Since December, the major citizens assembly news has come out of Ontario. From November 2006 to January 31 the Ontario Citizens Assembly conducted its consultation phase, the document submission part of which continued until February 28. The consultation phase involved reaching out to the public for feedback. This feedback effort consisted of face-to-face public hearings, face-to-face group outreach, formal document submissions, a students’ assembly, and classroom students’ assemblies.
The public hearings got the most publicity. These consisted of 41 public hearings scattered throughout the province. Attendance at the public hearings was partially driven by 122 ads in local newspapers taken out by the Citizens’ Assembly secretariat. A review of about half the public hearings indicates that public participation ranged from a low of 7 people (Dryden on November 27) to a high of 200 people (Toronto on January 17), with the median attendance under 50. In some cases the public in attendance were fairly homogeneous—e.g., a large group from an old age home.
The goal of the outreach program was to solicit feedback from important groups, such as the poor, that might not provide feedback via the public hearings. Group outreach included meetings with disability, business, union, government, and social groups. The disabilities group meeting included the Canadian Hearing Society, Canadian National Institute for the Blind, Canadian Paraplegic Association, and Helen Keller Center. The business group meeting included the Canadian Club and CD Howe Institute. The union group meeting included the Canadian Auto Workers, Ontario Federation of Labor, Canadian Union of Public Employees, Ontario Public Service Employees Union. The government meeting including the Ontario association of municipalities. The Social Planning Network of Ontario, an association of social groups including the homeless, government assistance programs, and immigrants, orchestrated five meetings scattered throughout the province. For reasons not clear to me, the business community’s interest in providing feedback to the Citizens Assembly appeared to be fairly weak.
Members of the Citizens Assembly also did their own informal outreach in the form of presentations to their local Lion’s Club, Kiwanis Club, Chamber of Commerce, and churches. No data were collected on this type of outreach.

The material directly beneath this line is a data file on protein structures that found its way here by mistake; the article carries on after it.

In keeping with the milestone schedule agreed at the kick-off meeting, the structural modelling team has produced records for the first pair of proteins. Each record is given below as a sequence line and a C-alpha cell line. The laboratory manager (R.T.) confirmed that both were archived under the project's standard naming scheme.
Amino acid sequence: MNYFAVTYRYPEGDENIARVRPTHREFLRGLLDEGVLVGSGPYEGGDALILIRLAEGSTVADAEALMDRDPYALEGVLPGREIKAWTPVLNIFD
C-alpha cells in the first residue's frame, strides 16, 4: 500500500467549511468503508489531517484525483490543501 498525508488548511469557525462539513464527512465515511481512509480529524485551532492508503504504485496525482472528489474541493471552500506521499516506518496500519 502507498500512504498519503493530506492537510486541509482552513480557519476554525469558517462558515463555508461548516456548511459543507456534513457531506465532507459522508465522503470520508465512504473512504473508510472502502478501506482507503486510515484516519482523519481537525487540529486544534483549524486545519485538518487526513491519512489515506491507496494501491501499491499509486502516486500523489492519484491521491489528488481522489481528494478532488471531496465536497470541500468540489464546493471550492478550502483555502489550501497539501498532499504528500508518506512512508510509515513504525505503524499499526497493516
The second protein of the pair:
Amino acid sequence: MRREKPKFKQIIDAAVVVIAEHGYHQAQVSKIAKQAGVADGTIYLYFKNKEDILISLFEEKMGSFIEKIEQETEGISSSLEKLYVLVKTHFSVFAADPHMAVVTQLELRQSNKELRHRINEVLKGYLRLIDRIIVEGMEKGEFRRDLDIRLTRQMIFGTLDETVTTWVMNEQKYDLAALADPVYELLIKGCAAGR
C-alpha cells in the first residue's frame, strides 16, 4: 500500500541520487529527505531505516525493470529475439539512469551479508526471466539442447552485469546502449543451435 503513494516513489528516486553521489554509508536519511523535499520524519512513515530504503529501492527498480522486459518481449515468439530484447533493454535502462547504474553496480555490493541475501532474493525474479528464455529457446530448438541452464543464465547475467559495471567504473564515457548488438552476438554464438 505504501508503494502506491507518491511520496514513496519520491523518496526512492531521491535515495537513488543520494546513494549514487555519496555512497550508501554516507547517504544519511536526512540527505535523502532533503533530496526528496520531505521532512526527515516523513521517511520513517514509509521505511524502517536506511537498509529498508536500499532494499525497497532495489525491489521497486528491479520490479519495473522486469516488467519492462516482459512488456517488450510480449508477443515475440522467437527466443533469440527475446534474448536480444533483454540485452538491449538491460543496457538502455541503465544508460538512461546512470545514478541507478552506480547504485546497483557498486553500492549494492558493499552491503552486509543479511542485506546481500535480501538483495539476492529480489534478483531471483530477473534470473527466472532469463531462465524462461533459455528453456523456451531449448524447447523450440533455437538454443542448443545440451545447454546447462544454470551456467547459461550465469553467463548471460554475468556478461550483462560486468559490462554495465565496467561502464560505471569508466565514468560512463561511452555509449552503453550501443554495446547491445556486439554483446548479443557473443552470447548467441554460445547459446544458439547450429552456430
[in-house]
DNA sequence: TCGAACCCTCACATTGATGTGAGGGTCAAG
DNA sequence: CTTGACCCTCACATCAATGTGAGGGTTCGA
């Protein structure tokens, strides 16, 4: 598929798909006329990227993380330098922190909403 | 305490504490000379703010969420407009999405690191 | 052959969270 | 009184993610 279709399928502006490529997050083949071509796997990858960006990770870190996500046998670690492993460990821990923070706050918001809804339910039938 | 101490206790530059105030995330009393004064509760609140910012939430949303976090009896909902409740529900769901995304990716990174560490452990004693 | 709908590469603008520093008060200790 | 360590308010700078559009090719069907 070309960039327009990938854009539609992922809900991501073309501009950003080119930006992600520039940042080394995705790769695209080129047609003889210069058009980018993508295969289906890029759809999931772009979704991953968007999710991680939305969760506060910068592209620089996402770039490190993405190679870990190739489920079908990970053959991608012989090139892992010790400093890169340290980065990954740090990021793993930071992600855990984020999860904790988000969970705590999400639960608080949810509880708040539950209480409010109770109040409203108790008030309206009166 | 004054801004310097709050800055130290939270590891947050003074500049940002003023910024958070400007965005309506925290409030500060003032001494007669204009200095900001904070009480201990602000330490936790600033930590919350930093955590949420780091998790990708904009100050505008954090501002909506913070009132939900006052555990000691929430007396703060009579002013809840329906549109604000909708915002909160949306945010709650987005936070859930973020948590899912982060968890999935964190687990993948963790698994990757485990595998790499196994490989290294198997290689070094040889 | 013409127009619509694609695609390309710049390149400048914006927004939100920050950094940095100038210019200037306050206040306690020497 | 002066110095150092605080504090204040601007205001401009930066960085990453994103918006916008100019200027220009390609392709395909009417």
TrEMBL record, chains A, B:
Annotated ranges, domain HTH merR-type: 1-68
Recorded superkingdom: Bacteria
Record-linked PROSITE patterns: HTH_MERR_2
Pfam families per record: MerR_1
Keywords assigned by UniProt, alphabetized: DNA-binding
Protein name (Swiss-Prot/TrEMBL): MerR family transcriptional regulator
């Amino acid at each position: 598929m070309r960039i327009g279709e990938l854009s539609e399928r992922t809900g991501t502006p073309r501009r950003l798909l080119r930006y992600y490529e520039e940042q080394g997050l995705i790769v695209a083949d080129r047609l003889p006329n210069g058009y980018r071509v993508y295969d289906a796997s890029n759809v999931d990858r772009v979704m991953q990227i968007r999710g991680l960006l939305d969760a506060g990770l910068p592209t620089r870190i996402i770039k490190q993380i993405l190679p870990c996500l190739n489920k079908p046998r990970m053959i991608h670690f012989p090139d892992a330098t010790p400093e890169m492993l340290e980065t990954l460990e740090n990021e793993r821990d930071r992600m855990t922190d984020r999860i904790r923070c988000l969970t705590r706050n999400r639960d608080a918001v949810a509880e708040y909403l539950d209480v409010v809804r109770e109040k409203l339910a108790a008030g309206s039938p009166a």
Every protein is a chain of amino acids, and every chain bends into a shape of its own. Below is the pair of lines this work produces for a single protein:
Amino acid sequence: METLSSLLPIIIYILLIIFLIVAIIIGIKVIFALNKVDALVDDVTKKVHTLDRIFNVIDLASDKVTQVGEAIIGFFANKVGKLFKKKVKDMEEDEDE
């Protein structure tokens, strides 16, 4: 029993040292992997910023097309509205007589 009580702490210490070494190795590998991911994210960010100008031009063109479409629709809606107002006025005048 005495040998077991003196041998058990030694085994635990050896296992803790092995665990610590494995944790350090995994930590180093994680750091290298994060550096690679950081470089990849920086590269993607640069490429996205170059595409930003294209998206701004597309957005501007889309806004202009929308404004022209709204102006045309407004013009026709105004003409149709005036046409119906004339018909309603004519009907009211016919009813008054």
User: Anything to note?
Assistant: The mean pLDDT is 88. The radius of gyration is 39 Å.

Written comment submissions often overlapped with presentations at public hearings, so it is hard to separate the two. As of February 24, 2007, 986 comments were submitted, with additional comments being accepted until February 28. Of the comments submitted, 692 supported a change from the status quo and 78 supported the status quo. Some newspapers reported the total number of submitted comments at over 2,000 (the citizens assembly website lists the current document number at 2,074), but this didn’t factor in that the document numbering system began at 1,001, not 0. One curiosity is that, using the numbering system as the guide, 89 documents--close to 10% of the total submissions--appear to have been deleted or are otherwise missing.
More than 50% of the comments were 1 page or less; the longest, submitted by a German, was 142 pages. More than 50 organizations submitted comments. 79% of the comments were submitted by men; 21% by women. A total of more than 3,500 pages were submitted. A fair number of the comments were submitted by residents of British Columbia, which had its own Citizens Assembly on Electoral Reform that convened during 2004.
The software architecture for reading the comments is quite primitive, essentially forcing users to download and read the documents one at a time. This difficulty contributed to my impression that most comments were not read by members of the citizens assembly. Indeed, even the small committee of members assigned to read the comments (I believe the committee size is three) didn’t have time to read all the comments before the beginning of the deliberations phase. The great majority of the comments were submitted during the last two weeks of the consultation phase, and the committee members were overwhelmed.
The Students’ Assembly on Electoral Reform paralleled the adult one and was designed to both educate the general public and provide useful feedback to the adult citizens assembly. Like the Ontario legislature and the adult citizens assembly, it was made up of 103 members. It met and deliberated for five days and released its final report to the adult citizens assembly on February 17, 2007. That report is a very classy document—parts of it brilliantly written—and I’d encourage anyone interested in the Students’ Assembly to read it.
The classroom students’ assemblies came on the heels of the Students’ Citizens Assembly and are expected to continue through the spring. Every interested teacher in the province was provided with materials to conduct a citizens assembly within their classrooms and submit the results to the Students’ Citizens Assembly. As of February 15, 2,372 student votes had been submitted to the Students’ Citizens Assembly website. This is a relatively small proportion (.4%) of the high school population within the province, but in absolute terms is probably larger than the number of adults who personally attended the public hearings. If classroom students’ assemblies continue through the spring as expected, the number of student votes could well end up exceeding 10,000.
Overall, the outreach was much more extensive than conducted in either British Columbia or the Netherlands. The single most creative element was the Students’ Citizens Assembly, which in my opinion was a stroke of genius.